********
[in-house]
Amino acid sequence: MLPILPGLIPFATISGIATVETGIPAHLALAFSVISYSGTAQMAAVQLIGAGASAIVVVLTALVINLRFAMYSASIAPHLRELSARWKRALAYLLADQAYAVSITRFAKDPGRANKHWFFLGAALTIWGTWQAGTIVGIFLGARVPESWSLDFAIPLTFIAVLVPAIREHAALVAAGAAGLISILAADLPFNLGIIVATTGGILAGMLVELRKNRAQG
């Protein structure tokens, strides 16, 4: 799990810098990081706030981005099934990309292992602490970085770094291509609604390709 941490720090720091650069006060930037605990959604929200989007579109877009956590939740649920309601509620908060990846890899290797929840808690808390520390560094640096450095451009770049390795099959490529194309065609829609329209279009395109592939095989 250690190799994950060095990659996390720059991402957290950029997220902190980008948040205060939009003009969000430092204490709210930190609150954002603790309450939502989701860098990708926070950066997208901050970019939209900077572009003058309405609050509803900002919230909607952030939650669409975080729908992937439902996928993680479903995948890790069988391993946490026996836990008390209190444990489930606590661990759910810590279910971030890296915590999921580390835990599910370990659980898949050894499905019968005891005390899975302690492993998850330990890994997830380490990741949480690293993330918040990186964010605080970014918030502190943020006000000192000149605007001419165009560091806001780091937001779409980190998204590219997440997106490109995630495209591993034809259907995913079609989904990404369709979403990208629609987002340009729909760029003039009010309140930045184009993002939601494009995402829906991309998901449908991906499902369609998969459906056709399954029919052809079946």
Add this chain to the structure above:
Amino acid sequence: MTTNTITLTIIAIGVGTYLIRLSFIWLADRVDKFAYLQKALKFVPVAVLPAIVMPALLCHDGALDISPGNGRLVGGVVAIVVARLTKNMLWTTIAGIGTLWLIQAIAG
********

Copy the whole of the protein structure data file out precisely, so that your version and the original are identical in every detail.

[in-house]
Amino acid sequence: MLPILPGLIPFATISGIATVETGIPAHLALAFSVISYSGTAQMAAVQLIGAGASAIVVVLTALVINLRFAMYSASIAPHLRELSARWKRALAYLLADQAYAVSITRFAKDPGRANKHWFFLGAALTIWGTWQAGTIVGIFLGARVPESWSLDFAIPLTFIAVLVPAIREHAALVAAGAAGLISILAADLPFNLGIIVATTGGILAGMLVELRKNRAQG
């Protein structure tokens, strides 16, 4: 799990810098990081706030981005099934990309292992602490970085770094291509609604390709 941490720090720091650069006060930037605990959604929200989007579109877009956590939740649920309601509620908060990846890899290797929840808690808390520390560094640096450095451009770049390795099959490529194309065609829609329209279009395109592939095989 250690190799994950060095990659996390720059991402957290950029997220902190980008948040205060939009003009969000430092204490709210930190609150954002603790309450939502989701860098990708926070950066997208901050970019939209900077572009003058309405609050509803900002919230909607952030939650669409975080729908992937439902996928993680479903995948890790069988391993946490026996836990008390209190444990489930606590661990759910810590279910971030890296915590999921580390835990599910370990659980898949050894499905019968005891005390899975302690492993998850330990890994997830380490990741949480690293993330918040990186964010605080970014918030502190943020006000000192000149605007001419165009560091806001780091937001779409980190998204590219997440997106490109995630495209591993034809259907995913079609989904990404369709979403990208629609987002340009729909760029003039009010309140930045184009993002939601494009995402829906991309998901449908991906499902369609998969459906056709399954029919052809079946």
Add this chain to the structure above:
Amino acid sequence: MTTNTITLTIIAIGVGTYLIRLSFIWLADRVDKFAYLQKALKFVPVAVLPAIVMPALLCHDGALDISPGNGRLVGGVVAIVVARLTKNMLWTTIAGIGTLWLIQAIAG